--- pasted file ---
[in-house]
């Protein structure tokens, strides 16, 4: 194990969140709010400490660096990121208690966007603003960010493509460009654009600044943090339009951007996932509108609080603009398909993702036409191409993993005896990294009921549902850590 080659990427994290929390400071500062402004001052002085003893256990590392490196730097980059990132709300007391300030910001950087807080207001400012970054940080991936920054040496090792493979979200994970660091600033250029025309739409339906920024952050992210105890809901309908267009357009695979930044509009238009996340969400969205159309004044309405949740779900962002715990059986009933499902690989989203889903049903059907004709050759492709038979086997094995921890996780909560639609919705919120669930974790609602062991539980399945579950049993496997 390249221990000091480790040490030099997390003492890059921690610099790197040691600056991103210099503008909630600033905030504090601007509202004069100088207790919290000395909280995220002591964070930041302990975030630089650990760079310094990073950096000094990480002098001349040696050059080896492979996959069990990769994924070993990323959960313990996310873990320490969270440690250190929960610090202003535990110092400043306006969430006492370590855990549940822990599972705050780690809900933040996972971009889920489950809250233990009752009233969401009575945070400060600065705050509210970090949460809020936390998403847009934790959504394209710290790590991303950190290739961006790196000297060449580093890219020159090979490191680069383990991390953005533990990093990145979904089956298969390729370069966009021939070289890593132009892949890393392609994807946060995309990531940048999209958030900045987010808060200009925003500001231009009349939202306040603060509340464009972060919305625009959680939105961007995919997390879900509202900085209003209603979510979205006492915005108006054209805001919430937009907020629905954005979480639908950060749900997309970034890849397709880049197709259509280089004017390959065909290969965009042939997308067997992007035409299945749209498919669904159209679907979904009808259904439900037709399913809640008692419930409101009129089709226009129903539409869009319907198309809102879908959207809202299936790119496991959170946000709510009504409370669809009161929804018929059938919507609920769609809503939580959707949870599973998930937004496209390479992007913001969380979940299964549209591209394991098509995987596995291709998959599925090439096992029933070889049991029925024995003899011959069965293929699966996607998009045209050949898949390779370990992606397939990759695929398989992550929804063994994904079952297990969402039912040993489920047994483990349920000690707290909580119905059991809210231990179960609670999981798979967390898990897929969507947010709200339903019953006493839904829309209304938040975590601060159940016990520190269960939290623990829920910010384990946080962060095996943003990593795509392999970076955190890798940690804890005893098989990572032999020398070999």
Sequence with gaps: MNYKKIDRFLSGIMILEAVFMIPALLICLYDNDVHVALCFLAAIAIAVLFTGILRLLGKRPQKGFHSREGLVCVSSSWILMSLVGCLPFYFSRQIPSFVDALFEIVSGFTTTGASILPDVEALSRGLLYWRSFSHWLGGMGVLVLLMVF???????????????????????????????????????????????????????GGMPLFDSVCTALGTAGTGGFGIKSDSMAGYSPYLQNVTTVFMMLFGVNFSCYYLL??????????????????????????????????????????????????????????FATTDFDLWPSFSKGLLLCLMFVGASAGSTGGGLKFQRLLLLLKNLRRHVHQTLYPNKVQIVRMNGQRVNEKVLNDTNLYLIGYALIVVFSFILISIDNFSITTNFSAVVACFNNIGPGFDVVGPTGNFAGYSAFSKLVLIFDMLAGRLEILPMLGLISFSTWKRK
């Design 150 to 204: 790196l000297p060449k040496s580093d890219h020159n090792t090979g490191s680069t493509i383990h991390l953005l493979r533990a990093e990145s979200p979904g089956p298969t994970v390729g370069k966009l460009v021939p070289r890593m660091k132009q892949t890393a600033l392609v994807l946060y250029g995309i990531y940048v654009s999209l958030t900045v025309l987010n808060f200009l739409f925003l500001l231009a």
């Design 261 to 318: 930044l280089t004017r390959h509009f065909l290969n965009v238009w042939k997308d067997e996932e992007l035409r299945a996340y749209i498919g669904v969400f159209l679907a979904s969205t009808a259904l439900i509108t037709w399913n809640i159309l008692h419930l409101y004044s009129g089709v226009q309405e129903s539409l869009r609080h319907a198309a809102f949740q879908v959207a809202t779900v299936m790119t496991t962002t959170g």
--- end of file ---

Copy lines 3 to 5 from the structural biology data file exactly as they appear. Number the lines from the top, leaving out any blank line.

Sequence with gaps: MNYKKIDRFLSGIMILEAVFMIPALLICLYDNDVHVALCFLAAIAIAVLFTGILRLLGKRPQKGFHSREGLVCVSSSWILMSLVGCLPFYFSRQIPSFVDALFEIVSGFTTTGASILPDVEALSRGLLYWRSFSHWLGGMGVLVLLMVF???????????????????????????????????????????????????????GGMPLFDSVCTALGTAGTGGFGIKSDSMAGYSPYLQNVTTVFMMLFGVNFSCYYLL??????????????????????????????????????????????????????????FATTDFDLWPSFSKGLLLCLMFVGASAGSTGGGLKFQRLLLLLKNLRRHVHQTLYPNKVQIVRMNGQRVNEKVLNDTNLYLIGYALIVVFSFILISIDNFSITTNFSAVVACFNNIGPGFDVVGPTGNFAGYSAFSKLVLIFDMLAGRLEILPMLGLISFSTWKRK
């Design 150 to 204: 790196l000297p060449k040496s580093d890219h020159n090792t090979g490191s680069t493509i383990h991390l953005l493979r533990a990093e990145s979200p979904g089956p298969t994970v390729g370069k966009l460009v021939p070289r890593m660091k132009q892949t890393a600033l392609v994807l946060y250029g995309i990531y940048v654009s999209l958030t900045v025309l987010n808060f200009l739409f925003l500001l231009a």
């Design 261 to 318: 930044l280089t004017r390959h509009f065909l290969n965009v238009w042939k997308d067997e996932e992007l035409r299945a996340y749209i498919g669904v969400f159209l679907a979904s969205t009808a259904l439900i509108t037709w399913n809640i159309l008692h419930l409101y004044s009129g089709v226009q309405e129903s539409l869009r609080h319907a198309a809102f949740q879908v959207a809202t779900v299936m790119t496991t962002t959170g």